House Made of Dawn Essay

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An American critic and educator, Evers has authored several books on Native American songs and has served as president of the Association for Study of American Indian Literatures. In the following essay, he examines Momaday's focus on language, landscape, and Native American rituals and narratives in House Made of Dawn.

Native American oral traditions are not monolithic, nor are the traditions with which Momaday works in House Made of Dawn—Kiowa, Navajo, and Towan Pueblo. Yet there are, he suggests [in "A Conversation with N. Scott Momaday," Sun Tracks: An American Indian Literary Magazine 2, No. 2 (1976)], "common denominators." Two of the most important of these are the native American's relation to the land and his regard for language.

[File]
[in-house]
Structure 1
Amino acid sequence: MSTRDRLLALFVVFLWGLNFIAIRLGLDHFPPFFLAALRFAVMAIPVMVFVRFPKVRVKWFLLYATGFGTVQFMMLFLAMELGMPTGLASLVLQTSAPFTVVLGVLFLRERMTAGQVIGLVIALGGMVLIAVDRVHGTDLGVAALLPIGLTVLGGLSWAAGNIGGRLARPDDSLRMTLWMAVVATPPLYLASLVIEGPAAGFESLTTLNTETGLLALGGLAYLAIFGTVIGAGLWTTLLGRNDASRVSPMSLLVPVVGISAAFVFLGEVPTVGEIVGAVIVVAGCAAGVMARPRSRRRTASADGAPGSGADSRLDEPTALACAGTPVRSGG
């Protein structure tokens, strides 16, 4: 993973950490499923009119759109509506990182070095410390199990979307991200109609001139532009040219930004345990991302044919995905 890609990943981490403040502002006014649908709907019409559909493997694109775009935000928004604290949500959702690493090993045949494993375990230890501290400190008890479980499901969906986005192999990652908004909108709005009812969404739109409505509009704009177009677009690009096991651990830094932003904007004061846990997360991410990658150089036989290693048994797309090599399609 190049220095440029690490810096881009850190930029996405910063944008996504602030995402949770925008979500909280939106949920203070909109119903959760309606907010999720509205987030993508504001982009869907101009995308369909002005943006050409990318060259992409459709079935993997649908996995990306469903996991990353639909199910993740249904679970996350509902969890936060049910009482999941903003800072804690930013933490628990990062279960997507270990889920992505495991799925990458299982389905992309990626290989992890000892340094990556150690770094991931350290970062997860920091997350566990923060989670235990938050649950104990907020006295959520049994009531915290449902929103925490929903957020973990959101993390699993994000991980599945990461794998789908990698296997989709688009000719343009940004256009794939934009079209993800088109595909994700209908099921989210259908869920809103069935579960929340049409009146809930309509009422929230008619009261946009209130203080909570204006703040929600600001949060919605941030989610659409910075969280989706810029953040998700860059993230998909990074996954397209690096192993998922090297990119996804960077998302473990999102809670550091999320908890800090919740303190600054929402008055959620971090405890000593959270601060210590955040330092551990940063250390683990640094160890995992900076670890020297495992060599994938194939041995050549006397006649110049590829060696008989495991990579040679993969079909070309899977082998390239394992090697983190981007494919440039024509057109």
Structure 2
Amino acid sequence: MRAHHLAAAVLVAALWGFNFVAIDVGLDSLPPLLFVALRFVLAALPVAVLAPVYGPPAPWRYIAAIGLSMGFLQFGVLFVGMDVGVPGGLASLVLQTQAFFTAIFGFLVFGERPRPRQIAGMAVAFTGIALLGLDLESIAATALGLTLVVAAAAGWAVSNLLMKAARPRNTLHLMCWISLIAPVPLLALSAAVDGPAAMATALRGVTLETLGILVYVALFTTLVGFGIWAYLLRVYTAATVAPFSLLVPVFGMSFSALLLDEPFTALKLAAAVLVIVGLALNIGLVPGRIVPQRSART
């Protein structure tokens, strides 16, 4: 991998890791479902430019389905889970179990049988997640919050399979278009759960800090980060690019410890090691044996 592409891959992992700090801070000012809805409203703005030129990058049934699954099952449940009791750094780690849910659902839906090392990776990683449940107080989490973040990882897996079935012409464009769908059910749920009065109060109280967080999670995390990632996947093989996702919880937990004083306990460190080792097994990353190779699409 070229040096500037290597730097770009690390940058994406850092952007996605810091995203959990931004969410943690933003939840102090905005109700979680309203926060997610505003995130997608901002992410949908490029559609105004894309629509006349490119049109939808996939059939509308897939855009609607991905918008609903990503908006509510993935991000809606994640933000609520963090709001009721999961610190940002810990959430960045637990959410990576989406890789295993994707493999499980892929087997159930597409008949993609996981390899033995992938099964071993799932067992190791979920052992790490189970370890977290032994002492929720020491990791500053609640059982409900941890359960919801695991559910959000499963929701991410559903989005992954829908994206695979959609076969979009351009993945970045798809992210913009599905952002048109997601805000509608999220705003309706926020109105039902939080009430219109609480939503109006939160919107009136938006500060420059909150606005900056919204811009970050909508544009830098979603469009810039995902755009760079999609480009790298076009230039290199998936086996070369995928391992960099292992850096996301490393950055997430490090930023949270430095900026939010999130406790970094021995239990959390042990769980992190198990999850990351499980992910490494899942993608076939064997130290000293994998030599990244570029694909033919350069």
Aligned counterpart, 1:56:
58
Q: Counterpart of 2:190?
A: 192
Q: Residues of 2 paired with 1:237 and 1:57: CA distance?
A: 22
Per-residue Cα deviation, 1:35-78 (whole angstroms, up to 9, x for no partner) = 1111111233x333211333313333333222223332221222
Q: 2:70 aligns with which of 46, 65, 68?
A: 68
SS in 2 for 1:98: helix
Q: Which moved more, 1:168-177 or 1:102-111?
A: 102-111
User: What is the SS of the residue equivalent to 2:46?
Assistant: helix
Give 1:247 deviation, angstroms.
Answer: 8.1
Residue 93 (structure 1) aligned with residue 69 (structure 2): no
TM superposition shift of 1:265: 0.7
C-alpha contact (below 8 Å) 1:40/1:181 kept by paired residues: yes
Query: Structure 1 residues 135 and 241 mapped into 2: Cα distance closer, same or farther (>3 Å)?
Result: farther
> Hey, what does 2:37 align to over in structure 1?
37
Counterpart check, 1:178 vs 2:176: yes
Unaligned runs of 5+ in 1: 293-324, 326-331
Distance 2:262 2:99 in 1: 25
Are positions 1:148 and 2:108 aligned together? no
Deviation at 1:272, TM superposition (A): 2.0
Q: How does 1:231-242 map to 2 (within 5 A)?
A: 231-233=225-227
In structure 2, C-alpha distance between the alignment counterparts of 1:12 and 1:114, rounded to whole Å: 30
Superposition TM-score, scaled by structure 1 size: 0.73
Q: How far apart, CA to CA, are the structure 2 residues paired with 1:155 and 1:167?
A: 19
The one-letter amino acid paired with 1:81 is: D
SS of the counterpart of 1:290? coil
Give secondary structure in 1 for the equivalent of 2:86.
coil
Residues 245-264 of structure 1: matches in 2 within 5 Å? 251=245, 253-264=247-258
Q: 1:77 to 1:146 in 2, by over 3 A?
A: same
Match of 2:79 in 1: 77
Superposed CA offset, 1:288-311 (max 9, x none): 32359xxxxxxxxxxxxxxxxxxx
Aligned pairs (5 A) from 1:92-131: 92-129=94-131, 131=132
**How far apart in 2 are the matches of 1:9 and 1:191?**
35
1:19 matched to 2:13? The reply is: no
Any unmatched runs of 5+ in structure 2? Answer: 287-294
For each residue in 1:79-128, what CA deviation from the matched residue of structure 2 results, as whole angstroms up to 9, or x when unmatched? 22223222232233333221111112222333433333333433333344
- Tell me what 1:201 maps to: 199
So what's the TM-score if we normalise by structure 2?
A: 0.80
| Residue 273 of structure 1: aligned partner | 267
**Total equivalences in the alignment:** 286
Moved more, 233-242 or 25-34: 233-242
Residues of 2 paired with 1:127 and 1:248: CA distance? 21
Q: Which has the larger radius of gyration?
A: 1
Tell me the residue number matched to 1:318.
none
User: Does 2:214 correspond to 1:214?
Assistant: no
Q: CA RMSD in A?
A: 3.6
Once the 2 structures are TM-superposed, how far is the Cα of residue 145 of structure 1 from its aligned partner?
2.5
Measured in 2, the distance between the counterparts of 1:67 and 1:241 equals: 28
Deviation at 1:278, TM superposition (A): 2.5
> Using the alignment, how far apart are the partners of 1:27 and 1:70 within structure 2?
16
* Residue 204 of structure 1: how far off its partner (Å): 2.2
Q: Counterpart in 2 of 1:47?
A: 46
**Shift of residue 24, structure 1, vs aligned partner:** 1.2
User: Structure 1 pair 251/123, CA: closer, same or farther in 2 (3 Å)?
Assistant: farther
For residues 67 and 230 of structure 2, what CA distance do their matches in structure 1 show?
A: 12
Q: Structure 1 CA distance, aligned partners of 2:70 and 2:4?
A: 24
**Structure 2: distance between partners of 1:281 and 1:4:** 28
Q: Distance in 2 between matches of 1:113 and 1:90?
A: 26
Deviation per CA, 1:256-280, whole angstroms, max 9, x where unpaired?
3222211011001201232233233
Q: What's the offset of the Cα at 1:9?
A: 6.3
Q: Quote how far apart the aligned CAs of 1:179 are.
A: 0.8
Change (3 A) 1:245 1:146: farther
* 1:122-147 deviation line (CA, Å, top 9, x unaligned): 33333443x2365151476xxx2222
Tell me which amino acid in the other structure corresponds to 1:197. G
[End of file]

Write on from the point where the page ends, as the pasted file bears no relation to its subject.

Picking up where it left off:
By imagining who and what they are in relation to particular landscapes, cultures and individual members of cultures form a close relation with those landscapes. Following D. H. Lawrence and others...

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This section contains 8,207 words
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Buy the House Made of Dawn Study Guide
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